The Digital Skeptic: Olympic Flame Lights Way to Web Profits
NEW YORK (MainStreet) -- The next time Tim Berners-Lee invents the Internet, he might want to think of a series of interlocking rings -- maybe like those of the Olympics -- rather than the wide open, worldwide wreck he made the first time around.
We all know Berners-Lee. He is the supposed "founder" of the Internet. (Someone has to take the bullet, right?) And he was the cherry on top of the opening ceremony honoring all things British at this year's London Olympic games.
In case you missed it, he was the geek at the computer typing a four-word tweet: "This is for everyone."
For my money, Berners-Lee's Olympic tweet was a thunderbolt of business optimism -- and a legit path to profits online.
Bringing order to the global village
Think about what happened when Berners-Lee typed those words. First, he was putting the crown on one of the most valuable media moments in recent memory. Ad time ain't cheap when 80-some-odd-thousand people are watching live in London, according to Yahoo! Sports(YHOO) and another 40-some-odd-million from the U.S, according to widely quoted Nielsen figures. Guesstimates say 1 billion viewers tuned in worldwide.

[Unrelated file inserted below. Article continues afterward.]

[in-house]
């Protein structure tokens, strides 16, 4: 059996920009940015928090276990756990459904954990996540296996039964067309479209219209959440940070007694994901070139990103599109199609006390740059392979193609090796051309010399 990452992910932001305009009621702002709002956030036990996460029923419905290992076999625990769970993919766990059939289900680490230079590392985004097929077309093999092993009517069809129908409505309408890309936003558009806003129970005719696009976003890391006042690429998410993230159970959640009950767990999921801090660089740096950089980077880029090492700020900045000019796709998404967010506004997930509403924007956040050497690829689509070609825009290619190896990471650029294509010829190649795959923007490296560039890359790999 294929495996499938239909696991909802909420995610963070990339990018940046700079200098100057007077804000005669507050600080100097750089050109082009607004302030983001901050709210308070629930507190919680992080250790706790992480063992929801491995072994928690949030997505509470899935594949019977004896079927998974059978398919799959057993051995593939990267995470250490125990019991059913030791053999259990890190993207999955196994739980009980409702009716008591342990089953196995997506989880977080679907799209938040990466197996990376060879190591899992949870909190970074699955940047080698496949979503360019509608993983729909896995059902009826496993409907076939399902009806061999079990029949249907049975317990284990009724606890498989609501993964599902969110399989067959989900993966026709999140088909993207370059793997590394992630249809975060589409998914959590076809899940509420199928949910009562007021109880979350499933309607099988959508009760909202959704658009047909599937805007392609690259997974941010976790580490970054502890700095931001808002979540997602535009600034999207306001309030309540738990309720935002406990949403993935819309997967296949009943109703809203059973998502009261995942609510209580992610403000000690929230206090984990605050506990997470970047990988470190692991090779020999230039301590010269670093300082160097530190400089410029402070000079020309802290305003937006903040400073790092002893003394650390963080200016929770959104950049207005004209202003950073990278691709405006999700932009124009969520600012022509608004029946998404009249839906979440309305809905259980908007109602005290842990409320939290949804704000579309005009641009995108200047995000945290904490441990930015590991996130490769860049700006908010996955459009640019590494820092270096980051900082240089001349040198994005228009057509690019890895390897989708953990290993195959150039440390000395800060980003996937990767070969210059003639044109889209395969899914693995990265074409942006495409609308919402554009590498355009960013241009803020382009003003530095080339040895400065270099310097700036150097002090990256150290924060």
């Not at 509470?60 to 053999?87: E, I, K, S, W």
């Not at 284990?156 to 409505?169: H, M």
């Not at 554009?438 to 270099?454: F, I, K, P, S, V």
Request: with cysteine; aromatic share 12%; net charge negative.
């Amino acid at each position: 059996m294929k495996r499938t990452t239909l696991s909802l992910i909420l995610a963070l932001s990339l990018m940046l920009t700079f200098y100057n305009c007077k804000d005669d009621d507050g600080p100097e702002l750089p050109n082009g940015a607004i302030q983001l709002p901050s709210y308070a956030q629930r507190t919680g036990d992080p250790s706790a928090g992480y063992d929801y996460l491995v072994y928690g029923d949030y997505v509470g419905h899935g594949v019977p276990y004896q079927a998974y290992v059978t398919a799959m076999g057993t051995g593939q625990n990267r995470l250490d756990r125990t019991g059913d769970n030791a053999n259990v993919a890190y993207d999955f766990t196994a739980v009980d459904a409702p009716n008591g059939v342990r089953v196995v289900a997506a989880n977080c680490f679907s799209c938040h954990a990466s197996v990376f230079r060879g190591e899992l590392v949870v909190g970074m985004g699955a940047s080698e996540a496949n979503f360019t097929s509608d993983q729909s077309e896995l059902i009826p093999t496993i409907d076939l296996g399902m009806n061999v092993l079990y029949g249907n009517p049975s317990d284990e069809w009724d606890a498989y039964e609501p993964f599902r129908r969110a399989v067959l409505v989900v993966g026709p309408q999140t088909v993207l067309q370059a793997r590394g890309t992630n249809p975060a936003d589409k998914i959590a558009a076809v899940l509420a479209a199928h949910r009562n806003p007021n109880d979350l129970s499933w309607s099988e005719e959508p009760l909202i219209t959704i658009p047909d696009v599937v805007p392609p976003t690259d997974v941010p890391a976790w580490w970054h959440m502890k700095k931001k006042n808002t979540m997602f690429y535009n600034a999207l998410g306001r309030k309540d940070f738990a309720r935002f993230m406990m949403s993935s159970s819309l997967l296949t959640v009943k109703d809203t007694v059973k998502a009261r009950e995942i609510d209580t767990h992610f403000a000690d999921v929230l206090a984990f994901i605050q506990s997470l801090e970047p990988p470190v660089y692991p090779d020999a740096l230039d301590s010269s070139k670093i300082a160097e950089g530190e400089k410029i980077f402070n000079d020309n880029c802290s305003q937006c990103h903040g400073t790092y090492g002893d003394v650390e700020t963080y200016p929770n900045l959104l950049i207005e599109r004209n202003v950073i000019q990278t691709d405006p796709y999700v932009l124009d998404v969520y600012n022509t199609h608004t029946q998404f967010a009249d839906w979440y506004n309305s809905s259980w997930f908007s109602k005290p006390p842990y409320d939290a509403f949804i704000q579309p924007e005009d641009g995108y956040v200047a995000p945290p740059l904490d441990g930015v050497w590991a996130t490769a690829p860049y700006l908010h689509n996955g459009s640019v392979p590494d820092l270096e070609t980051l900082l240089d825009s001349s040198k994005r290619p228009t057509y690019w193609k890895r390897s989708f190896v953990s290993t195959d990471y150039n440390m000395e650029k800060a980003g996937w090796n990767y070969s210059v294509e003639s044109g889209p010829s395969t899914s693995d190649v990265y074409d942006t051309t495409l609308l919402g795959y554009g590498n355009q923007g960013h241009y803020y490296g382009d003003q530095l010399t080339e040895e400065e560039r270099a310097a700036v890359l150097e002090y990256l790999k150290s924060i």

What made the moment so valuable? Certainly not the disorganized, crowdsourced digital domain. Berners-Lee's microblog was one of -- oh my heavens -- some 6.3 million tweets typed during the opening ceremony, according to TweetReach. Without the spectacle, his was as worthless as the rest.
Facebook(FB) , too, was no profit medalist. It ran, what, a running timeline of images and events of the opening ceremony. I didn't care. Did you?
In truth, it was carefully orchestrated interlocking system of highly organized media rights, international viewing windows and controlled media technologies that made this ceremony money.
The stiff upper British lip of structure put food on the table for this year's games.